Observation 1: All about us, all the time, things are going on that we don’t notice; hidden bits of information are available for the taking. Examples abound. When I was a senior in high school, driving around a neighborhood with a friend, she pointed out all the wisterias growing up into the mesquite trees. Until that moment, I’d never seen the purple-flowered vine. Suddenly, they were everywhere. (I announced “hysteria for wisteria,” but no one thought it was terribly clever.) Just last week, I found the cabin filter in the glove box. Never knew such a thing existed, but it obviously needed replacing. I also learned the term “baking sheet dinners” and found dozens of recipes. My foray into newly-discovered ice cream bread was an abject failure, but maybe you’ll do better.
Observation 2: I’m not the only one. Scientists go about all the time discovering things they didn’t know about, but they seem to take such events in stride. For example, we’ve been living in these bodies for thousands of years. Only last week, in a PET scan, scientists found what they are calling “tubarial glands” in the area behind the nose and functioning as part of the salivary system. I love how the researchers worded the news: “To our knowledge, this structure did not fit prior anatomical description.” In private, they’re probably doing a “Oh my goodness, look what we found!!! dance. Sometimes, of course, such stories are hoaxes. The Memory Palace podcast recently featured the tall tale of traveling stones, a joke from 1867 in which journalist Dan De Quille reported finding metal spheres that, when separated, travelled back to each other. PT Barnum offered him $10,000 take them on tour. Scientists wrote to him from around the world. De Quille tried without success to get out of the loop by directing people to Mark Twain. It didn’t work.
Observation 3: It’s a big world, so such opportunities abound, no matter your expertise. If you’re feeling confident about your savviness, look over this list of hundreds of misconceptions. Usually, if my field is words—grammar or punctuation, usage or plurals, vocabulary or literary terms—I think I know a good bit though obviously not every. When the term “contranym” (one word that can mean two opposite things) swam into my ken, I saw that I should have noticed. When I asked a clever grandchild if he’d heard the term, he said he hadn’t but then rattled off several: “Oh, you mean like…” Yes, like that. I am not as bright as that.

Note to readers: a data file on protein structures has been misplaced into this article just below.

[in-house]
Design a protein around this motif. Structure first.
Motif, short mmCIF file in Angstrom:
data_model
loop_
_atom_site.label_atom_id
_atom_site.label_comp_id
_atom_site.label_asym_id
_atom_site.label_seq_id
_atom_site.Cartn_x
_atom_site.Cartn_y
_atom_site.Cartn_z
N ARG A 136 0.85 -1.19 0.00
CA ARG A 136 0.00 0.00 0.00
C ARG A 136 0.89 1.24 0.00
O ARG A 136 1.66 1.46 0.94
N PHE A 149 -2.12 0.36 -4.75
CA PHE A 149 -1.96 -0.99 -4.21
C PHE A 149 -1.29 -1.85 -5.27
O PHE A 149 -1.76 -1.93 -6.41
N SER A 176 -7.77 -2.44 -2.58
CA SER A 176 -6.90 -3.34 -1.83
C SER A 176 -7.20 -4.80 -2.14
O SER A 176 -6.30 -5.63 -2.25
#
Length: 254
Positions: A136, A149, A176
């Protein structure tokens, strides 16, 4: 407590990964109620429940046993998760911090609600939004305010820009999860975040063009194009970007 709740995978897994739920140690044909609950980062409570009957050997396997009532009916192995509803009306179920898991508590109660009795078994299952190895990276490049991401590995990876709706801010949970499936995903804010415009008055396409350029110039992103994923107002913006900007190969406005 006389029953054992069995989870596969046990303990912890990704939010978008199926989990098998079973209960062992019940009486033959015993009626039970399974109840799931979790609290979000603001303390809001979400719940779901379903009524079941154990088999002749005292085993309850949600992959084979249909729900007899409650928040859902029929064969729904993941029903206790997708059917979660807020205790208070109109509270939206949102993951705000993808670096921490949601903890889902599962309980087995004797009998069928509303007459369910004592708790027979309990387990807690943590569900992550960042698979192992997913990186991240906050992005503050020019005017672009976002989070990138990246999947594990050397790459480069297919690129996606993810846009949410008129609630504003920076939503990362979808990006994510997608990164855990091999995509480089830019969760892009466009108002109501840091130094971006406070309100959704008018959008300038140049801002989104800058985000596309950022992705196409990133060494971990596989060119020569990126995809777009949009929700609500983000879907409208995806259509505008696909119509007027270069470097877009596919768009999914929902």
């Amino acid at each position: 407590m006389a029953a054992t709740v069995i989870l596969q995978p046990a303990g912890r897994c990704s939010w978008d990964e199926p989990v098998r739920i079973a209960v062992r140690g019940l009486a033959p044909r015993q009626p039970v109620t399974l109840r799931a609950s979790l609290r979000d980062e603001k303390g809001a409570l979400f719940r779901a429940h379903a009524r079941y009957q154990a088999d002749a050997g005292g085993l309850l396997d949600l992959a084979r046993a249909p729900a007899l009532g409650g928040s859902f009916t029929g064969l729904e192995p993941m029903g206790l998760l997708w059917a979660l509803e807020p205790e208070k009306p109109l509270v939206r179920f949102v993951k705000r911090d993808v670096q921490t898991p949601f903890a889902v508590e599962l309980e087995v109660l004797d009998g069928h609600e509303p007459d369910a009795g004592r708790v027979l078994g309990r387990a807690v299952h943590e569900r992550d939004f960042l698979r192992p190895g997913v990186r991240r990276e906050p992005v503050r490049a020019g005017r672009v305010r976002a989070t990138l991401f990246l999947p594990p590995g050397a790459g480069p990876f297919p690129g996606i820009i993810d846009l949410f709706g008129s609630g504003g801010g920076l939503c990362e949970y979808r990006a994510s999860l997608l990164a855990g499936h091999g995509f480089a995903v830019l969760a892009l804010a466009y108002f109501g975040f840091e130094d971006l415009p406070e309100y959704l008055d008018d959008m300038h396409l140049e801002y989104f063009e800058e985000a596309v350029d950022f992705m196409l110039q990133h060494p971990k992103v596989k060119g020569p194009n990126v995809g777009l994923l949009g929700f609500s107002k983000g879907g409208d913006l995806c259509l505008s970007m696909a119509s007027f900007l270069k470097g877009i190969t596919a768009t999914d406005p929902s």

Observation 4: The introduction of new material can be overwhelming or can inspire new thought. Often both, of course. I particularly liked the contranym “leave” and “left.” Kids and grandkids typically leave their things when they leave. When I started working on the poem below, I thought it would be a new and clever sort of thing but found that it led me places I didn’t know about. It wasn’t until I was discussing the problems I was having with it that I saw the solution. So, not simple work but a puzzle. As now-almost-forgotten novelist James Branch Cabell once said, “Cleverness is Not Enough.” Just that way.
When you leave, you leave
Socks, toothbrushes, wolf ears.
We rush through the house
“It’s time to go! Everything loaded?”
But you always leave something
When you leave,
For me to find through the tears
To pile for next time.
The cobwebs remain,
Left only the fly’s dust
Which I dust and destroy
But no laughter stuck there
Caught in the spinning out of days.
I wish I could catch hollers, smiles
Screams of delight
Or horror or hurt knees.
Oh, just stop: Cleverness will not do.
I miss you, all of you, but perhaps especially
The four-year-old, whoever he is right now
On his way to five.
I need how he loves me.
It’s not a technique,
Some new figure of speech.
No. I just need to hear him
Call my name. A tear comes.
There. That’s better: Joy.